Last Updated: Fri Mar 25, 2011 23:29 pm (KSA) 20:29 pm (GMT)

Jordan govt loyalists & protesters clash, one killed

AL Arabiya correspondent (L) during Amman clashes  
AL Arabiya correspondent (L) during Amman clashes

One bystander was killed and 130 people were injured on Friday as pro-reform protesters and government supporters clashed in Amman, prompting police to use water cannons to disperse them.

Government loyalists hurled large stones at demonstrators, injuring more than 100 protesters, Al Arabiya correspondent in Amman said.

Amer Khairy Saad told Reuters his father, Khairy, 57, died in hospital after police beat him as they were trying to disperse the opposing crowds who had gathered near the Interior Ministry in the Jordanian capital.

"My father left the house to make sure my brother was okay. And then he found police beating him, he was taken to hospital and he died there," the son, Amer, told Reuters.

 What happened today is definitely the start of chaos and it is unacceptable and I warn of the consequences..I ask you, where are you taking Jordan? 
Prime Minister Marouf al-Bakhit

About 200 people attacked the sit-in, in which around 2,000 youths from different movements, including the powerful Islamist opposition, took part to call for reforms to the current regime and more efforts to fight corruption.

Despite the attack, the second of its kind in as many days, students remained at the demonstration next to the Interior Circle, or Gamal Abdul Nasser Square, in the capital.

Jordan's Prime Minister Marouf al-Bakhit said clashes between pro-monarchy and pro-reform protesters, was the beginning of chaos and warned of consequences if similar clashes occurred.

The prime minister also blamed opposition Islamist group for the clash, which left one person dead after police attempted to disperse the protest near the Interior Ministry.

"What happened today is definitely the start of chaos and it is unacceptable and I warn of the consequences," Bakhit told Jordanian television.

Addressing Islamists, he said: "I ask you, where are you taking Jordan?"

He said they were trying to "create chaos" and were getting orders from Egypt and Tunis.

Vowing to press

 If they think that the attack will force us to go home, they are wrong. Attacks will only make us stronger and determined to stay here 
Reda Darwish, protester

Earlier on Friday, Jordanian students vowed to press on with their sit-in protest in central Amman to demand reforms after government supporters attacked them with stones on Thursday night, injuring at least 30 people.

"They are trying to push us to leave," Saddam Basrawi, a 21-year-old university student, told AFP.

"Last night, they attacked us with stones, but we will endure and we will not budge no matter what happens."

Around 500 youths from different movements, including the powerful Islamist opposition, had camped out in the rain and cold weather to call for reforms to the current regime and more efforts to fight corruption.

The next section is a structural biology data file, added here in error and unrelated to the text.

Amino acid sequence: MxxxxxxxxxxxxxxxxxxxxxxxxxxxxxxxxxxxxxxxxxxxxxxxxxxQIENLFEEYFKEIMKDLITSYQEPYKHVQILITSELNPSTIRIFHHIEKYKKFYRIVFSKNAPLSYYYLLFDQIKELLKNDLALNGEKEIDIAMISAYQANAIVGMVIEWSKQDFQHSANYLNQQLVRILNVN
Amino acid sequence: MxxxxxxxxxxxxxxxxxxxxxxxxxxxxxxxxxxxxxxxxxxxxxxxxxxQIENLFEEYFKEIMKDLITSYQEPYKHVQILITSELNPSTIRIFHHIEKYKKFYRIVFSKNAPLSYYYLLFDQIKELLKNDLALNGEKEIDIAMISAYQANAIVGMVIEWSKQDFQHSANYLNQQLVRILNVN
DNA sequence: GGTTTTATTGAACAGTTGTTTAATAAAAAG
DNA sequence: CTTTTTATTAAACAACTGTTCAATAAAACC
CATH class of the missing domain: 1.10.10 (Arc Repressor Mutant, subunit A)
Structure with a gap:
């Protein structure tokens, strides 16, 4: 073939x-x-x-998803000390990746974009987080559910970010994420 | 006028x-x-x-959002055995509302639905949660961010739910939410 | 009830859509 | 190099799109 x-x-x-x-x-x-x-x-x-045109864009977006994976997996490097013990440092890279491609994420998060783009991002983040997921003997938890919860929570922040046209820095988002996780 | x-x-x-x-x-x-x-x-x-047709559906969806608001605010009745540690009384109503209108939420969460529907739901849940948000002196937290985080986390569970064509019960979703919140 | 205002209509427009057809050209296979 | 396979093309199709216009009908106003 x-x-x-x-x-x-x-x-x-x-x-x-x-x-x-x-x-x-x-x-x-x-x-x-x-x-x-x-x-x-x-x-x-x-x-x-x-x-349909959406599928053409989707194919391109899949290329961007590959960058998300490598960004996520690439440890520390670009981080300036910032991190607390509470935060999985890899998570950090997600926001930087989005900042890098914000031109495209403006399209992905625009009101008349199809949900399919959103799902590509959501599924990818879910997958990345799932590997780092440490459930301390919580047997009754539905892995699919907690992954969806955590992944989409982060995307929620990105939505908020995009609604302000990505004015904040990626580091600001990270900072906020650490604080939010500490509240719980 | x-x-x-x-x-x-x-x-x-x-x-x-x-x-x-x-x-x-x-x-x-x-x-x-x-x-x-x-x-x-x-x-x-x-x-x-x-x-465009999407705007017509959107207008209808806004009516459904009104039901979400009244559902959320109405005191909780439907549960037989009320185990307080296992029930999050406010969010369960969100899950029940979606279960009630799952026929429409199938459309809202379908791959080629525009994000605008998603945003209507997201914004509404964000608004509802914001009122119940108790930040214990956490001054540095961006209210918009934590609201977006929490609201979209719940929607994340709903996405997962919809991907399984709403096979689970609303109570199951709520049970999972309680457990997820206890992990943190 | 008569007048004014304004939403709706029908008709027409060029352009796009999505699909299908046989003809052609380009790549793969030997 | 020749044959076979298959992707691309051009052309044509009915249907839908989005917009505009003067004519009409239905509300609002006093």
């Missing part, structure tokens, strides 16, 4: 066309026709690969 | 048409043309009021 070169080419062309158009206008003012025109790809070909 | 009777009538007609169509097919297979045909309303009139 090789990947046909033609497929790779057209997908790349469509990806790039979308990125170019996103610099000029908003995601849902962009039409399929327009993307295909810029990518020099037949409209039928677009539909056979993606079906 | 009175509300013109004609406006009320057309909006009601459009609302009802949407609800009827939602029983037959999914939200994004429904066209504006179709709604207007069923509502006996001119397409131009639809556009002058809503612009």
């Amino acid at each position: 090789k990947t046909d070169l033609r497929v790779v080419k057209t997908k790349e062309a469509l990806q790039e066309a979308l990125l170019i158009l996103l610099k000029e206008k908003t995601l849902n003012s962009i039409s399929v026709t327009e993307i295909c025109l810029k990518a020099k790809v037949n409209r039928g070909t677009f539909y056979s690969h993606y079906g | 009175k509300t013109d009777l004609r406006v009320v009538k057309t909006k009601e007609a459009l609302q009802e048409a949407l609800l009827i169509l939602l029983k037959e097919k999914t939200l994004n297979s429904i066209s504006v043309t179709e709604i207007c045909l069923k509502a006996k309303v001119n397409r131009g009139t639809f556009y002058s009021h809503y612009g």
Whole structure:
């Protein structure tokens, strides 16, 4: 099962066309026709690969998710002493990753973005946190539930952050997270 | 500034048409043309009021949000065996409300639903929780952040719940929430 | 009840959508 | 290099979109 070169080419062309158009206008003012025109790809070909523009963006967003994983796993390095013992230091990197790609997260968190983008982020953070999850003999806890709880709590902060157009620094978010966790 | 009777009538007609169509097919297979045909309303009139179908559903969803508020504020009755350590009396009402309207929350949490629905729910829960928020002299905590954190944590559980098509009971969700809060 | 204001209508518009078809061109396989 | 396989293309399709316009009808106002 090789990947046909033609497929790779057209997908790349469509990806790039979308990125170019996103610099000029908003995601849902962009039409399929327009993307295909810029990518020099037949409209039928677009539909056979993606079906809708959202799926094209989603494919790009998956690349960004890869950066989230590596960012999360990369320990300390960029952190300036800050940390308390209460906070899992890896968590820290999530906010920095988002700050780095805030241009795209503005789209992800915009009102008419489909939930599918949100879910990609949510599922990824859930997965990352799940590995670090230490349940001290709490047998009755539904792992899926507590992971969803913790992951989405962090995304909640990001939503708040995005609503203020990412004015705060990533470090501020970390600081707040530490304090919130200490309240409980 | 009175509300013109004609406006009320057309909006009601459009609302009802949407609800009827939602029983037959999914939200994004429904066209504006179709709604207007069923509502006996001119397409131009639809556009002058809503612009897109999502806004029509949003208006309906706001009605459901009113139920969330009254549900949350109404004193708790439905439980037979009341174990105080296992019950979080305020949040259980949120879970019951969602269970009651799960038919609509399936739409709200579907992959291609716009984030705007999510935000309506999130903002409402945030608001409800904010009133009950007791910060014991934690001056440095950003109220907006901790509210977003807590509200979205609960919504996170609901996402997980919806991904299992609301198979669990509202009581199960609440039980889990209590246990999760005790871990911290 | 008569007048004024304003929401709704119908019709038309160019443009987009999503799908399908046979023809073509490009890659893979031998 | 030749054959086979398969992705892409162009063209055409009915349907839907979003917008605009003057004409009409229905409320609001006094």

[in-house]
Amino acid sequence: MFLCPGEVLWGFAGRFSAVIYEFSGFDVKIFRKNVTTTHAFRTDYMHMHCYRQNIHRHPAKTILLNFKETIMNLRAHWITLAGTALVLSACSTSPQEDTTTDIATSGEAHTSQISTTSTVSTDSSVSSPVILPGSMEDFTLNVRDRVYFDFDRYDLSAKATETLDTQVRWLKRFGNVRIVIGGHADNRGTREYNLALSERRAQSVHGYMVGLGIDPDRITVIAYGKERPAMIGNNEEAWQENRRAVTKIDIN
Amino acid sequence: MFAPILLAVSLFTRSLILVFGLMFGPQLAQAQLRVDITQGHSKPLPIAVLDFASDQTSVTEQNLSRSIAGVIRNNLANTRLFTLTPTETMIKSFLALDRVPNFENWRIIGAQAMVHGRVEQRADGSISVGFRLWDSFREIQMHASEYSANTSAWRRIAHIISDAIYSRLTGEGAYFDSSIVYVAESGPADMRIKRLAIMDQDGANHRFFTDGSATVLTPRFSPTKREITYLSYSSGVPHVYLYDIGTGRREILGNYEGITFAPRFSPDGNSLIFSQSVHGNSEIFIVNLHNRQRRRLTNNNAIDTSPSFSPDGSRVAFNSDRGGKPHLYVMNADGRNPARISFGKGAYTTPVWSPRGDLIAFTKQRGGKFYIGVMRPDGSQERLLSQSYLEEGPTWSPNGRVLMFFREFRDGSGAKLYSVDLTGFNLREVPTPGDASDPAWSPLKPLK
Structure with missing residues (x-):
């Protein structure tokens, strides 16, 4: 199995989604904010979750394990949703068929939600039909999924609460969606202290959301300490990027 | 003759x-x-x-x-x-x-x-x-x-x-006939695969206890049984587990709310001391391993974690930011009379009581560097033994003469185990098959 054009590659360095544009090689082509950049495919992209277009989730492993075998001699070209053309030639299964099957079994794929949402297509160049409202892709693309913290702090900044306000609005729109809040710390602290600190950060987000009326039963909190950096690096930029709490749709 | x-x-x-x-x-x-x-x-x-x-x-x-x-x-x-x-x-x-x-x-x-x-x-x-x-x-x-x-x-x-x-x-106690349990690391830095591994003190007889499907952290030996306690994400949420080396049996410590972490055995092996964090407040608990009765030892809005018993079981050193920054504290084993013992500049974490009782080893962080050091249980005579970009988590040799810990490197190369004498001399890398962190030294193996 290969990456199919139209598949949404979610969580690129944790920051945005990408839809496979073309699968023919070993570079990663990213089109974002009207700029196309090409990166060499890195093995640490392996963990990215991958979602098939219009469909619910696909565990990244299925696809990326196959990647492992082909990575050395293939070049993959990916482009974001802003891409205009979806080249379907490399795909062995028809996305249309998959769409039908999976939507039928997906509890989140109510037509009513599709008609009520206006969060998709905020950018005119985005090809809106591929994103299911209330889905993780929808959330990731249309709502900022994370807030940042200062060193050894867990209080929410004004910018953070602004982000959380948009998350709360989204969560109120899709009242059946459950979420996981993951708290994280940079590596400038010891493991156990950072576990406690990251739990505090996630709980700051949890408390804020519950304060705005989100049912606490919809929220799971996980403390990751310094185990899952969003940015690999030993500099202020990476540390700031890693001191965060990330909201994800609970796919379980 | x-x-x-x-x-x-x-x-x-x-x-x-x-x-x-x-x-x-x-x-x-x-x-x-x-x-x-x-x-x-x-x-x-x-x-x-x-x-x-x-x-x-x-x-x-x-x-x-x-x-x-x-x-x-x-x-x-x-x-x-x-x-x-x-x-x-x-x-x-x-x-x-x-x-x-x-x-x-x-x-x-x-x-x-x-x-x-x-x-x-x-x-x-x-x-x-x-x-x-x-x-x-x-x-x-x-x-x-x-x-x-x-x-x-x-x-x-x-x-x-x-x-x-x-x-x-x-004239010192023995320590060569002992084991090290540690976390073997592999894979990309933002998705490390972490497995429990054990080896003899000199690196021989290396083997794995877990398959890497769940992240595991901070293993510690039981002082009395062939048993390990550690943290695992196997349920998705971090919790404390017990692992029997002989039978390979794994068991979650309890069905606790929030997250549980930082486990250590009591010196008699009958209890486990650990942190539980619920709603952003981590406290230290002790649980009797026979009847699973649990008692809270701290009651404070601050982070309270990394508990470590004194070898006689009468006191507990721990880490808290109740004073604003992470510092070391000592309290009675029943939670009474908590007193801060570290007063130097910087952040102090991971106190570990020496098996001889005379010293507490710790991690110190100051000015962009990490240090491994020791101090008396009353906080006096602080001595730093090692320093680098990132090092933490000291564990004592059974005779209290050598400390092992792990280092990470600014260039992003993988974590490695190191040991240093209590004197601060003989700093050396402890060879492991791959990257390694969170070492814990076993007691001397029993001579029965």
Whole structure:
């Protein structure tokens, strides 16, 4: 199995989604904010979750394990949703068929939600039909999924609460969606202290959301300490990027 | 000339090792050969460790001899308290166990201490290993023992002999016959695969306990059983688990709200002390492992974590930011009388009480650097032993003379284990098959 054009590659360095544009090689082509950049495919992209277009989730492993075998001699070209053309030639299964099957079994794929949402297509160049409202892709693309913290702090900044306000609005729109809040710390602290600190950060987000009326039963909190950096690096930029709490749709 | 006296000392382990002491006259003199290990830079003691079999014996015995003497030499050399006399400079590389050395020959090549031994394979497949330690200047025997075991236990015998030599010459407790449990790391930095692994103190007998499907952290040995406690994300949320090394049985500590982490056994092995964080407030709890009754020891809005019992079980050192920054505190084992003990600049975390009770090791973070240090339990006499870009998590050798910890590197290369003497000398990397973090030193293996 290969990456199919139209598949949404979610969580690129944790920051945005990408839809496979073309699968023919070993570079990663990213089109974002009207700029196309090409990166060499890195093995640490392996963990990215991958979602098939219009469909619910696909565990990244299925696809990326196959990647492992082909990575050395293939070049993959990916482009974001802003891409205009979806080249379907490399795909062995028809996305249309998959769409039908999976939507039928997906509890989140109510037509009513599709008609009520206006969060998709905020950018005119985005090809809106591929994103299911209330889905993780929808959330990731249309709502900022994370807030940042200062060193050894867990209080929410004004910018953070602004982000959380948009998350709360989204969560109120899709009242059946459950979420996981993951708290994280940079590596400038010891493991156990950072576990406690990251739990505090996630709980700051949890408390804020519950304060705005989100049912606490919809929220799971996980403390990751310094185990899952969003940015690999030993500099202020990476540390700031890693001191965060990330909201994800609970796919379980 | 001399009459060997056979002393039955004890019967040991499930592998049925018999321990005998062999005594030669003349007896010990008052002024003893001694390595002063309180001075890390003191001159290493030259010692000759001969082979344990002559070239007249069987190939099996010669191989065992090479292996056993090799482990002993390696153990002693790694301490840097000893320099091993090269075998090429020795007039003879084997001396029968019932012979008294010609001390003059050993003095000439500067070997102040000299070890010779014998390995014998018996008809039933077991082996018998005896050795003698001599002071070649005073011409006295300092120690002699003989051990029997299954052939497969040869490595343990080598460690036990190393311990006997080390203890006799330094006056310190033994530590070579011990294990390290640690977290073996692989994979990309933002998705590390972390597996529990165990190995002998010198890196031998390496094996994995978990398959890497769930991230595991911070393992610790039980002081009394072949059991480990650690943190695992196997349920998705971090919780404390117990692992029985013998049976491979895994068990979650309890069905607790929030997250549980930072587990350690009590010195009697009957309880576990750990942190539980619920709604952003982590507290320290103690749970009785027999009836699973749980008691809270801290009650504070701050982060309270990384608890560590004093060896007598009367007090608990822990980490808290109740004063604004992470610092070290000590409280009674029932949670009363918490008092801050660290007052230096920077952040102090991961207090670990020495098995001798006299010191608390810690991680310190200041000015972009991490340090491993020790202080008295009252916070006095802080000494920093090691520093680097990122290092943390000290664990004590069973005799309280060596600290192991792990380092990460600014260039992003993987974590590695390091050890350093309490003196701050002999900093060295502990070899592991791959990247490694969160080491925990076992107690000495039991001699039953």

"Our gathering is peaceful, but this did not prevent the attacks. Does the king (Abdullah II) agree with such actions? We are Jordanians and we have the right to express ourselves," said Reda Darwish, 20.

"If they think that the attack will force us to go home, they are wrong. Attacks will only make us stronger and determined to stay here."

At nightfall on Thursday, police attempted to disperse the youths, cutting off electricity to the square around 11:00 pm (2100 GMT), an AFP journalist witnessed.

Loyalists attack

 Jordan, your turn is coming 
Protesters

Protesters said around 50 "loyalists" attacked them with rocks after the power supply was lost, saying police who surrounded the scene did not intervene.

"We hold the interior minister responsible for this incident and we call on the king and the people to protect us from these thugs who are attacking us," said Nihad Zuhair, another protester.

Police spokesman Mohamad Khatib told AFP he was not aware of any casualties.

The protest camp came in response to a call on the social network site Facebook, a tool of many of the recent protests that have sprung up in Arab countries.

The students called for corrupt officials to be put on trial and demanded security services stop interfering in their affairs.

"The revolution is happening all around us," they shouted: "Jordan, your turn is coming."

"We want constitutional amendments to have parliamentary governments," said Alaa Fazaa of the Jayeen (We are Coming) group, adding the protests would go on until their demands were met.

Since January, left-wing activists have joined forces with nationalists and the Islamist opposition in calling for far-reaching political reforms and an end to what they say is rampant corruption.

The Islamist movement is planning a demonstration after Friday midday prayers to push for reforms and mark the 43rd anniversary of the Battle of Karameh with Israel.

The government has formed a national dialogue committee to speed up reforms, but the panel is facing problems after the Islamists and others refused to take part.

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